It seems that many manufacturers are moving from CFM/MPH claims to using newtons of force for comparisons. Does anyone know how they're measuring it - what tool/meter, from the motor or tube, etc.?


3 Answers 3


A blower, in engineering land, is generally characterized by two specifications, the flow rate and the pressure. The common methods of communicating them is either by listing the maximum values or through a blower curve. It sounds like these manufacturers are only giving you part of the story.

In practical terms, the pressure (which as blacksmith37 notes should be in N/m^2 or psi, not N) represents how hard the blower hits the leaves. Using a pretty simple equation (h=p/r*g), you can convert this to the more intuitive "if I use this blower to shoot a leaf straight up in the air, how high will it go?" More pressure means the leaf goes higher in the air.

The flow rate on the other hand tells you how much air is blowing, or practically, how many leaves you can blow at a time.

So if you had a choice of blowers, you would want a high-pressure, low-flow one to blow a small amount of wet leaves, but you would want a low-pressure, high-flow one to blow a huge amount of fluffy leaves.

As a bonus, multiplying the pressure by the flow rate (and throwing in an efficiency factor) gives you the power consumed by the blower.

Specifically answering your question, an engineer would use a differential pressure gauge to measure the pressure generated by the blower. If you were a sales engineer instead of a real engineer, you could then multiple that pressure in N/m^2 by the cross-sectional area of the blower outlet in m^2 to get a total applied force in N. That would be dumb though, because the pressure is a much more useful specification than the force.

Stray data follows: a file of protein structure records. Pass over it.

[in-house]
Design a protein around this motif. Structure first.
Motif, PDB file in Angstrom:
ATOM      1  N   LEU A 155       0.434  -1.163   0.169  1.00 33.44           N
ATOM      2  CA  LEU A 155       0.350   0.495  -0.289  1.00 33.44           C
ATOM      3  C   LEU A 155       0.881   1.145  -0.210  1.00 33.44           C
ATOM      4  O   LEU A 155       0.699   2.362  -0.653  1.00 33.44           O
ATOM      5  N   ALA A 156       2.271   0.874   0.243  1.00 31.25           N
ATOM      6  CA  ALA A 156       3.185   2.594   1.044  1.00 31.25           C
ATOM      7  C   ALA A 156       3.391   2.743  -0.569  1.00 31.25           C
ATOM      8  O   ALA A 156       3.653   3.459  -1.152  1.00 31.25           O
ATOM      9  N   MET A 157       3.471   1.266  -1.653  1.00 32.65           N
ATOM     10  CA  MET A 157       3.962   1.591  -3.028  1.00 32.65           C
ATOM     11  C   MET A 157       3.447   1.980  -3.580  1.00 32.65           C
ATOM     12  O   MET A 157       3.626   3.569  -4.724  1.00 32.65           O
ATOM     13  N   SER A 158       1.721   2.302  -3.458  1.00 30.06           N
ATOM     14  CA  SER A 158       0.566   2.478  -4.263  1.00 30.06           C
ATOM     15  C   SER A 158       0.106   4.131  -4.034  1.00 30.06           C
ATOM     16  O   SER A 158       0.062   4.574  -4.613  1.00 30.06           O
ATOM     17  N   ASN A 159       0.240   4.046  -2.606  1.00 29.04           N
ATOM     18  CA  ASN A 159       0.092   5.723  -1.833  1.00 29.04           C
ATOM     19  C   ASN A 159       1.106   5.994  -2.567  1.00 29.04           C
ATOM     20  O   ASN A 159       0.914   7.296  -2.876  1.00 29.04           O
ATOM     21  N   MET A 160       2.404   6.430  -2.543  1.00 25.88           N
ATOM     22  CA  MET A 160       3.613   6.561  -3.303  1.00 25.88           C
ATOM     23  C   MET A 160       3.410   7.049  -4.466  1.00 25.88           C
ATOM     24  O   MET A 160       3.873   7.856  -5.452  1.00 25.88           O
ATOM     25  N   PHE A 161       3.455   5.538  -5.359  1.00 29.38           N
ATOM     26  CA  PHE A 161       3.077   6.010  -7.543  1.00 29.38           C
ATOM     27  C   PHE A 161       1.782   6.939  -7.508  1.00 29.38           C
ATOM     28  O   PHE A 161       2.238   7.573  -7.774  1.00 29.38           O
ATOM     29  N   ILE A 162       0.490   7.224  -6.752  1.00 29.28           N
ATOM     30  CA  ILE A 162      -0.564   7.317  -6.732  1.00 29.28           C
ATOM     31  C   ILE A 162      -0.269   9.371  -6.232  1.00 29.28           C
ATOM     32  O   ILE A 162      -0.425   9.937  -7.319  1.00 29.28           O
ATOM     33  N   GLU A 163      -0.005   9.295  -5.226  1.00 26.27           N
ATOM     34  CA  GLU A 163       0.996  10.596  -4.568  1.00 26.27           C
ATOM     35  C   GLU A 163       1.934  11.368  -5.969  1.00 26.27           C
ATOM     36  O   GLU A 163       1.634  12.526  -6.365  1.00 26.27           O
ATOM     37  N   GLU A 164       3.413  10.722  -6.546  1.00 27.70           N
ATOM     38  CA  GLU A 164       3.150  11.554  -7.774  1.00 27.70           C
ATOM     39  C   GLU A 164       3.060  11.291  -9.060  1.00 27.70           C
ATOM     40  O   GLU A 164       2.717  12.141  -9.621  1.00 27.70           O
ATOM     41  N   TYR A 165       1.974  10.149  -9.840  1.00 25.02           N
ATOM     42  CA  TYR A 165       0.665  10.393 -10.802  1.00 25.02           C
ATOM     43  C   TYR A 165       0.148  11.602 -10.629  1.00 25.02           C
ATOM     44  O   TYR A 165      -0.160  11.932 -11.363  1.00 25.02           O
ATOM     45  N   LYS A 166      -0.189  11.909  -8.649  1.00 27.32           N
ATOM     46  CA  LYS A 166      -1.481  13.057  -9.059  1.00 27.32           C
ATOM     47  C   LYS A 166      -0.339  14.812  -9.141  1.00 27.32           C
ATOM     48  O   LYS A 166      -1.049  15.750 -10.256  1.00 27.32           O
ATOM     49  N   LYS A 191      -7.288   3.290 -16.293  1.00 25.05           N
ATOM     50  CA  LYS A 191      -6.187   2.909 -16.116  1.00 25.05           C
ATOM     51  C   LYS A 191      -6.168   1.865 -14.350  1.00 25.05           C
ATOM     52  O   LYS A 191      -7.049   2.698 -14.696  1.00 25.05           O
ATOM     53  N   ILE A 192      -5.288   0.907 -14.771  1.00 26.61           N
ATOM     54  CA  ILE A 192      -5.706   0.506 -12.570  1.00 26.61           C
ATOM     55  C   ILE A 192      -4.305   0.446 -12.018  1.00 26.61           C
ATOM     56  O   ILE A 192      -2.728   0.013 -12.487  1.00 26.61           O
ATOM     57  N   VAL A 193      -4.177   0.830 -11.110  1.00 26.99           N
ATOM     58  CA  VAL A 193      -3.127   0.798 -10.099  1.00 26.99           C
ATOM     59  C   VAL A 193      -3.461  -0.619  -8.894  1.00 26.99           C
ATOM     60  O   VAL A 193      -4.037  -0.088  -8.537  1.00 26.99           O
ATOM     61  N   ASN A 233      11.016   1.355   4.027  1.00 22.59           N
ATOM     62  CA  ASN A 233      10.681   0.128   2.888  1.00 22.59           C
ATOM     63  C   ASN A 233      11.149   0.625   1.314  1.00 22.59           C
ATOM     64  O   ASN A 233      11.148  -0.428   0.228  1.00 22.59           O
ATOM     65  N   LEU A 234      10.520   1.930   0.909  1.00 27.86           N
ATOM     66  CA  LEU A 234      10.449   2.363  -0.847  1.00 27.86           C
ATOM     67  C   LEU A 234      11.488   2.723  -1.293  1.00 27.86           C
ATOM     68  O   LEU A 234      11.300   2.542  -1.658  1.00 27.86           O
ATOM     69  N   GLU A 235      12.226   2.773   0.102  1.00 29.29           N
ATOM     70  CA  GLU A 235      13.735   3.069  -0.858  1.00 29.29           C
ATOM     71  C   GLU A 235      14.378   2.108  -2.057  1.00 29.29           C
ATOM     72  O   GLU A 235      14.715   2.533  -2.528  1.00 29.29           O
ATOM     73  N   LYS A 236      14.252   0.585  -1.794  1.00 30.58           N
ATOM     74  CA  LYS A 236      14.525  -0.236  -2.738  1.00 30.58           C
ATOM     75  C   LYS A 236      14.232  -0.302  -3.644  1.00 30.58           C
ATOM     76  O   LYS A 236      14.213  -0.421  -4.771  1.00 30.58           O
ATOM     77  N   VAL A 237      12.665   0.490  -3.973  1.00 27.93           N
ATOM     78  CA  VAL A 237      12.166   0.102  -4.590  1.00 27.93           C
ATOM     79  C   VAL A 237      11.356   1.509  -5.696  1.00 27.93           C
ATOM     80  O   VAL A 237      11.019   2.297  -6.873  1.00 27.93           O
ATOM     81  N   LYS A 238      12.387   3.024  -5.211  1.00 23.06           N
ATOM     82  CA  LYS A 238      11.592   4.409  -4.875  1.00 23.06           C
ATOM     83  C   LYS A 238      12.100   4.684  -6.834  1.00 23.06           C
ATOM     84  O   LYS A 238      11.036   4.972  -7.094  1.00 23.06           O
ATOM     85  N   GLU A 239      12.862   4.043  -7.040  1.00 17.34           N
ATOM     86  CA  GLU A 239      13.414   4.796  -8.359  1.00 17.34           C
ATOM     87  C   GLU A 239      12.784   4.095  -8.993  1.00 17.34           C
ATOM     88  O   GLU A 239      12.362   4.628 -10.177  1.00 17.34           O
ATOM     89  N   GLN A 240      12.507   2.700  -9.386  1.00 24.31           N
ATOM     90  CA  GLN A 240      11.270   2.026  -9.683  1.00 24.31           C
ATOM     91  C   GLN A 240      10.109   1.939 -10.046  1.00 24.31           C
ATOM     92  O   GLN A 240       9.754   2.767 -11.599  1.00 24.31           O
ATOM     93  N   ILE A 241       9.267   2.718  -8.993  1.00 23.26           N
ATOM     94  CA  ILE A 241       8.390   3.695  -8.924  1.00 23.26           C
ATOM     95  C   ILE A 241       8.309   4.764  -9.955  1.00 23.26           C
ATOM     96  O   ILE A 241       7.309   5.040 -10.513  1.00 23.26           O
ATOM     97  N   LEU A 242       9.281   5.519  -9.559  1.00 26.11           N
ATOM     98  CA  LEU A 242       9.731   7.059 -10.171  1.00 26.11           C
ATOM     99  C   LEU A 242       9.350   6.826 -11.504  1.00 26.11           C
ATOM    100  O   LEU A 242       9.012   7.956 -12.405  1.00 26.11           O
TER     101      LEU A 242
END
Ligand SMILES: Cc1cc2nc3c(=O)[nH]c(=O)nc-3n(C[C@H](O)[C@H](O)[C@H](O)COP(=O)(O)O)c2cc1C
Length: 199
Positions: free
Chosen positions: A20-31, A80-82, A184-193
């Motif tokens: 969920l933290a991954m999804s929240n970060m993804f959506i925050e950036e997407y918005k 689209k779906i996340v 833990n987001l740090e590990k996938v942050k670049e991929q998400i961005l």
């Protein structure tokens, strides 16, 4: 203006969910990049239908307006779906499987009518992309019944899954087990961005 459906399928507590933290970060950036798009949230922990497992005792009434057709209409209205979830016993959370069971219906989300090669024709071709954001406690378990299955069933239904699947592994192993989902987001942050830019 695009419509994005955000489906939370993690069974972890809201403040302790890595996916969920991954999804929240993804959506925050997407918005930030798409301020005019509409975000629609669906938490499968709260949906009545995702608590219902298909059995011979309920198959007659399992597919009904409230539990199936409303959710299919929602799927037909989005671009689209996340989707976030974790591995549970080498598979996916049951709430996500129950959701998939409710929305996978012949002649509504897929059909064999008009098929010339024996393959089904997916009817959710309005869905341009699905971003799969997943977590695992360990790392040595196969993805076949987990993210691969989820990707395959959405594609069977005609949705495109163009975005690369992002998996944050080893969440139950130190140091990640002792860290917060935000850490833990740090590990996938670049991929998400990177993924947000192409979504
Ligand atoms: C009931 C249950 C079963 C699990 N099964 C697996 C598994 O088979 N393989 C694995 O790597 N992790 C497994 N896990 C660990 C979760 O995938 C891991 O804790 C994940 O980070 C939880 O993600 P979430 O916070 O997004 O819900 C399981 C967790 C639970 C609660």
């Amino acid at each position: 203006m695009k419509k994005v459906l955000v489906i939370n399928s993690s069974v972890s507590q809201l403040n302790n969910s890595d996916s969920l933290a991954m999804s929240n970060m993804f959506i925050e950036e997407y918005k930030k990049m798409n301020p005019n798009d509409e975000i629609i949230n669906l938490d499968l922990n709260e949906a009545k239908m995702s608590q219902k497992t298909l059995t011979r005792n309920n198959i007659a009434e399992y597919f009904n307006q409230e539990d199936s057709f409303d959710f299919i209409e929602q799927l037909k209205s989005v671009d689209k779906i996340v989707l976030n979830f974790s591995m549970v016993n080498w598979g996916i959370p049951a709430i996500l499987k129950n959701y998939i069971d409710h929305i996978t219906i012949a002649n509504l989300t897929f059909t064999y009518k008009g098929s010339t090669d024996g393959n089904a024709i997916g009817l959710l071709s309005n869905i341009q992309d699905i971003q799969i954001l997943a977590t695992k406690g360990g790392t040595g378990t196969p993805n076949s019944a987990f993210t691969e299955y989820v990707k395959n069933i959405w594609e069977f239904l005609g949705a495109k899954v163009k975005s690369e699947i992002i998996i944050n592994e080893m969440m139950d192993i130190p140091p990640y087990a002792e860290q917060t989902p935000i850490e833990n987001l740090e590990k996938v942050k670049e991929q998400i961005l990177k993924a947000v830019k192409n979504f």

A Newton is a force ( 0.22 pounds or 102 g, per Wikipedia). But you need to have a standard area ; as in water pressure given in pounds PER SQUARE INCH. I would guess since they are using metric the area unit is a square meter . In that case a rating of one newton would be a pressure of 102 g on an area of one square meter . That seems a reasonable order of magnitude for an inexpensive blower. They measure the pressure in the discharge nozzle.


The problem is that NONE of the gasoline blower firms ever give any such blower curves showing P!

So I had to buy a handheld Testo anemometer to get real (crude but useful) data on my Echo gas blowers etc. to compare with other 12 V blowers for my research for a new application.

Your Answer

By clicking “Post Your Answer”, you agree to our terms of service and acknowledge you have read our privacy policy.

Not the answer you're looking for? Browse other questions tagged or ask your own question.